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USWaterRockets.com - Tutorial 1 - Soft Drink Bottle Label Removal and Preparation.
December 9, 2011 
   

Water Rocket Bottle Label Removal and Preparation.

This tutorial will show you how to prepare your bottles for Water Rocket Construction. Before you begin building water rockets from bottles, they must be properly prepared. Failing to do so can result in the rocket leaking or exploding under use, or may shorten the longevity of your rocket. If this method does not work well, we suggest you try the method described in our other bottle preparation tutorial. Tutorial 21: Water Rocket Bottle Label Removal and Preparation V2. To prepare your bottles, the labels and glue must be removed, and the bottles must be cleaned of all contamination from their contents and oils left from manufacturing or handling.

Clean bottles also simply make for nicer looking rockets as well.

Tools and Materials Required:
• Plenty of bottles
• A sharp knife or scissors
• Paper Towels
• Solvent (the type depends on the label type on your bottles)
• Dishwashing Detergent
• Water


Video tutorial:

Step 1:

Using your knife or scissors, slice the label vertically down the entire length and peel as much of the label as you can off the bottle. Some labels will peel off completely, leaving only a glue residue behind. Newer bottles have a laminated plastic shrink-wrap label that delaminates when peeled off. The delamination leaves a pearl white material adhered to the bottle which is very difficult to remove. If you think you have this new type of label material, you may skip ahead to Step #3, because every other method will be frustratingly slow and labor intensive.

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Step 2:

If you are unfamiliar with the type of glue a particular bottle uses, you may want to try the common methods for removing labels which have been worked in the past. You can test commercial glue removal products such as "Goo Gone". If that fails to remove the label you should test and see if mineral spirits will work. If the glue is stubborn and requires a lot of rubbing and scraping to get off the bottle, then you may want to try using acetone. If any of these methods is successful at removing the label, you can skip ahead to Step #6.

If all of these methods prove difficult or time consuming then proceed to Step #3 for an easy solution to these difficult labels.

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Step 3:

Wrap the bottle with a paper towel or napkin covering the label and glue completely, then spray the area covering the stubborn label/glue with WD-40 until it is completely soaked. Set the bottle aside (be careful to protect floors and furniture from any WD-40 that may drip off).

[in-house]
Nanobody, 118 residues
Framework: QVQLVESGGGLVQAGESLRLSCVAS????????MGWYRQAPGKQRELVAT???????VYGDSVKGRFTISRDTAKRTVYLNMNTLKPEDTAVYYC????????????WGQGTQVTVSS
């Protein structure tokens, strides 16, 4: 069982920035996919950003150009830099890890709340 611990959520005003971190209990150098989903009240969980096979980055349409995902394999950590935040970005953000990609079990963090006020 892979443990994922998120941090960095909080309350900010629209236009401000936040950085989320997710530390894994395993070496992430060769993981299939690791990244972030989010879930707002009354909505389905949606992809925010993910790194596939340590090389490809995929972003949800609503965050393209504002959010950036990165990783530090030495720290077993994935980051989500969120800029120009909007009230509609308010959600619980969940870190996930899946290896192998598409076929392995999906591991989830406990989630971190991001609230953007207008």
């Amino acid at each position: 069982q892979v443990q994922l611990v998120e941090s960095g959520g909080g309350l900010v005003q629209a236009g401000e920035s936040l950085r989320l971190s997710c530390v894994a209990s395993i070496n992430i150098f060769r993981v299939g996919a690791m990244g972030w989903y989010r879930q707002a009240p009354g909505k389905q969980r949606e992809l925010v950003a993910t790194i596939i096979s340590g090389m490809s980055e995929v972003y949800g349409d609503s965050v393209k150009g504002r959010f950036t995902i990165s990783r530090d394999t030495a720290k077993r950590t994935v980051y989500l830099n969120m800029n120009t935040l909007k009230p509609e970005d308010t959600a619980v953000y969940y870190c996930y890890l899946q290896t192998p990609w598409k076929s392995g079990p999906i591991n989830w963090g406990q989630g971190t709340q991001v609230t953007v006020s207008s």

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Step 4:

Allow the bottle to sit for a few hours. The longer you wait, the easier the label will come off, so if you wait 24 hours the remaining work will be radically reduced, so be patient while the WD-40 does its work. Periodically check the paper on the bottles and if the WD-40 evaporates or is absorbed by the glue you should spray some more on to keep it wet.

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Step 5:

The next day you should find that the WD-40 has penetrated the stubborn label remnants and dissolved the glue holding it on. You should be able to wipe the label right off using the WD-40 soaked paper towel. Wipe the bottle until all traces are gone.

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Step 6:

Fill a sink or bucket with warm water and add in a liberal amount of strong grease cutting dishwashing detergent. Wash each bottle completely in the soapy bath to remove all traces of the glue or glue removing chemicals. This will also remove oils from your fingers which can affect the ability of glues to adhere to the bottles. This is a good time to also wash and rinse out the inside of the bottles, to remove any leftover residue from the contents that may be left behind. Completely rinse the bottles using clean fresh water to eliminate any soap left behind..

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Step 7:

Shake out as much of the water as possible and then dry your bottle with clean paper towels. This concludes the tutorial. Your bottles are now fully prepared for transformation into a water rocket!

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Creative Commons License Bottle Label Removal and Preparation Tutorial by U.S. Water Rockets is licensed under a Creative Commons Attribution-NonCommercial 3.0 Unported License.
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